The avian life dependent upon the oceans is diverse and wonderful. Terns are the fairies of the coasts and open waters, their slender wings and lithe bodies slicing through air and water.
Caspian Terns ( Sterna caspia ), the largest variety, I see often. Their rattling voices and strong wingbeats, their heavy scarlet bills and jet black caps...they are a sturdy but elegant bird.

Black Terns ( Chlidonias niger ) are zippy, their silvery wings flashing as their black bodies shoot through the skies over marshes and mudflats. They have a distinct buoyant flight that is joyful to watch. Royal Terns ( Sterna maxima )are larger and sport an orange bill and a scruffy black crown. In Florida on Cocoa Beach I saw these charismatic birds up close, and enjoyed their almost comedic character as they stood on short little legs.


In Cape May I saw many Least Terns ( Sterna antillarum )and Forster's Terns ( Sterna forsteri ); they are small and yet so skilled at fishing.  I watched as adults hovered repeatedly and plunged without warning into the waves; I was astounded by their graceful intensity.



Later I was able to visit a Least Tern nesting site where these state-endangered birds fed chicks on the light tan sand. Mated pairs rotated shifts of bringing tiny fish in for each other and their children, holding the food delicately in their pale orange bills.
































Nesting alongside the Least Terns were Piping Plovers ( Charadrias melodus ), petite shorebirds widely thought of as some of the cutest. Their subtle sandy plumage and pastel slate facial markings combine with large, dark eyes to form an arguably adorable bird. They scurried about, pausing every so often, picking at the sand for prey.













Back in Cocoa Beach were Sanderlings ( Calidris alba ), little sandpipers with pleasing grey and white feathers and thin black bills. They chased the surf on three-toed feet, quickly darting stray droplets. With them a few Willets ( Catoptrophorus semipalmatus ) searched for fish. These larger shorebirds had similar colours but longer necks, bills, and legs. When startled, they lifted off on surprisingly marked wings- dark chocolate brown with white wingbars through the primaries and secondaries.



Also on stilt legs are the wading birds- herons, egrets, ibises, and their relatives. Florida was rich with all sorts of beautiful waders, including Little Blue Herons ( Egretta caerulea ), Snowy Egrets ( Egretta thula ), and Tricoloured Herons ( Egretta tricolor ). These elegant birds have snakelike necks and daggerlike bills designed for lancing fish and frogs. White Ibises ( Eudocimis albus ) and Limpkins ( Aramas gaurauna ) prefer snails, crayfish, and tiny crustaceans with their long but decurved bills with rounded tips.  Roseate Spoonbills ( Platalea ajaja ) are unique with their spoonlike wide tip to their bill, which they gently sweep side to side in the shallows for their prey.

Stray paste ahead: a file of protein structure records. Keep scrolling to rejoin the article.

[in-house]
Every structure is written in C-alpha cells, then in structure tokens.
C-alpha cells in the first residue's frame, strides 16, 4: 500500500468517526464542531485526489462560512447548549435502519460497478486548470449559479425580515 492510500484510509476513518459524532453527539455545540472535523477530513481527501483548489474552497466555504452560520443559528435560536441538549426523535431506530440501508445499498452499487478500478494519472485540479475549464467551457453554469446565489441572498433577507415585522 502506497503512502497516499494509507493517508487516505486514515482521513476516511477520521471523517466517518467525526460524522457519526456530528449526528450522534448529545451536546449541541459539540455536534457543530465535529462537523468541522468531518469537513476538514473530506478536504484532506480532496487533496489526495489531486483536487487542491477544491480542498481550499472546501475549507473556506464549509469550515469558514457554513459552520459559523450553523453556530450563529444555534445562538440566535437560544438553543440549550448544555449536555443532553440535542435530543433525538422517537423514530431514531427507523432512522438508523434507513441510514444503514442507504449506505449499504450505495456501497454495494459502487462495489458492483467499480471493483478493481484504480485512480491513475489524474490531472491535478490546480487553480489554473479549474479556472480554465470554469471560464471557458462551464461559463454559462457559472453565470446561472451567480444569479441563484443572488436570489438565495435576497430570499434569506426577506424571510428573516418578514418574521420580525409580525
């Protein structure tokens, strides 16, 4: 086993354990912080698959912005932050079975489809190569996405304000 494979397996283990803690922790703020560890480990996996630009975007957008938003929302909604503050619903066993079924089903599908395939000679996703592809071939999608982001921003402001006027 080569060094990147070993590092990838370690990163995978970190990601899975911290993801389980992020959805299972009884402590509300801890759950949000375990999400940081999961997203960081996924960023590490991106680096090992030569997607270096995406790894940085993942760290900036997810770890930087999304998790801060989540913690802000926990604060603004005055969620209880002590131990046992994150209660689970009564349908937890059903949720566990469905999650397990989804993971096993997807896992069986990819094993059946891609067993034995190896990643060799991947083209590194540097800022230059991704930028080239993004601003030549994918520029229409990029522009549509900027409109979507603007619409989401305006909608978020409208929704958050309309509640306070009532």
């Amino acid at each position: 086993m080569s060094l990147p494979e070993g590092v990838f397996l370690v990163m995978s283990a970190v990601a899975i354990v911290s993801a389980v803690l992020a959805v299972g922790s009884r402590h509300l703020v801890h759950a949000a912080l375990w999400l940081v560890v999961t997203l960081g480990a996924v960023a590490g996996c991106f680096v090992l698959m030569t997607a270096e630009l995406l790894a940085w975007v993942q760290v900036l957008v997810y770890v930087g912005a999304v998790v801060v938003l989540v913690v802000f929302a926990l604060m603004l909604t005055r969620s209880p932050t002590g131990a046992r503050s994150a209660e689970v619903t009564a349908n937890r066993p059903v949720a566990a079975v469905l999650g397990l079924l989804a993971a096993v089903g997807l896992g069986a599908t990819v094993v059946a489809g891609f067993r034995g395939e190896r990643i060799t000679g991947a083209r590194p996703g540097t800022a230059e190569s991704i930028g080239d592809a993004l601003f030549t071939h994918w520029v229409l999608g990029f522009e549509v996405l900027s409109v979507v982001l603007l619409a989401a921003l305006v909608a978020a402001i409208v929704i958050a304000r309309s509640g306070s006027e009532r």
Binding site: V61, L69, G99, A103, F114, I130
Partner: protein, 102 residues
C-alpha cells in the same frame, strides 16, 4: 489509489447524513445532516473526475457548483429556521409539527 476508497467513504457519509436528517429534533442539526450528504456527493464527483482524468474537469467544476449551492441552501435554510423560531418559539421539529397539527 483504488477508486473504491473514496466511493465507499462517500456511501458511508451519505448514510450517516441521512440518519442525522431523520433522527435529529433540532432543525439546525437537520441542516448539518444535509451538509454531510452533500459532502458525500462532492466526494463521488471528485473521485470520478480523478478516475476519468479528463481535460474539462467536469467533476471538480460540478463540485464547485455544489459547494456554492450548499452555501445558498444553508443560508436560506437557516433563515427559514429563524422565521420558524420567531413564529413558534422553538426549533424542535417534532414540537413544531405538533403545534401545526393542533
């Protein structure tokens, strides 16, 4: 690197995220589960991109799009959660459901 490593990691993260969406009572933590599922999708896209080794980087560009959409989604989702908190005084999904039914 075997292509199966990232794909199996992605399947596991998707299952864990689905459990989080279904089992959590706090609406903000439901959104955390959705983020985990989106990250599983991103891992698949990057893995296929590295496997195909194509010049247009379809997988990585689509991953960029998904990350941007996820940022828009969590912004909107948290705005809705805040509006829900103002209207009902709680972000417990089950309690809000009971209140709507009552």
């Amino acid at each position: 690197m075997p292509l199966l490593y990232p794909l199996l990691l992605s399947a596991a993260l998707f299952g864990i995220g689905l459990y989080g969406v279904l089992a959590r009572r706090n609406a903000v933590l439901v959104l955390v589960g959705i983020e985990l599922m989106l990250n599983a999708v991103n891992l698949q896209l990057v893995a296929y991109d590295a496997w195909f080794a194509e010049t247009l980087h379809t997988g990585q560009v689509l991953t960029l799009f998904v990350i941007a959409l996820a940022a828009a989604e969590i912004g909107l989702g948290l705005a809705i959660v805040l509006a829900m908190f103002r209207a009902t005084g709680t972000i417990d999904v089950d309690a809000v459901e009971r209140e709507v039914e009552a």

Pelicans are curious birds; I love how they glide in militant formations over the coasts, long wings and bills distinct. They have a certain presence about them that is simultaneously comical and serious which I find intriguing. In Virginia this spring I had a special moment with a small group of Brown Pelicans ( Pelecanus occidentalis )as I ran alongside them on the beach as they swept low over the waters at early sunset.





With such diversity and majesty, it is difficult to pinpoint my favourite aspect of the oceans. Yet with a little thought and soul searching, the answer is obvious: I am in constant awe and reverence of the pure magic of the seas. I find a kinship with the beings who inhabit the waters and a lullaby in the lapping waves. As I write these words I am brimming with passion and wonderment; as eloquent as I like to think I am, I simply cannot adequately express how deeply inspired and guided I am by the seas and their residents. I believe one of my favourite poets, e.e. cummings, has found already the words:

"whatever we lose, like a you or a me
it's always ourselves we find in the sea"
-e.e. cummings, 'maggie and milly and molly and may'

~Peace always,
Kristina~

1 comment:

Jane said...

Hi Kristina,
My name is Jane and I'm with Dwellable.
I was looking for blog posts about Cocoa Beach to share on our site and I came across your post...If you're open to it, shoot me an email at jane(at)dwellable(dot)com.
Hope to hear from you :)
Jane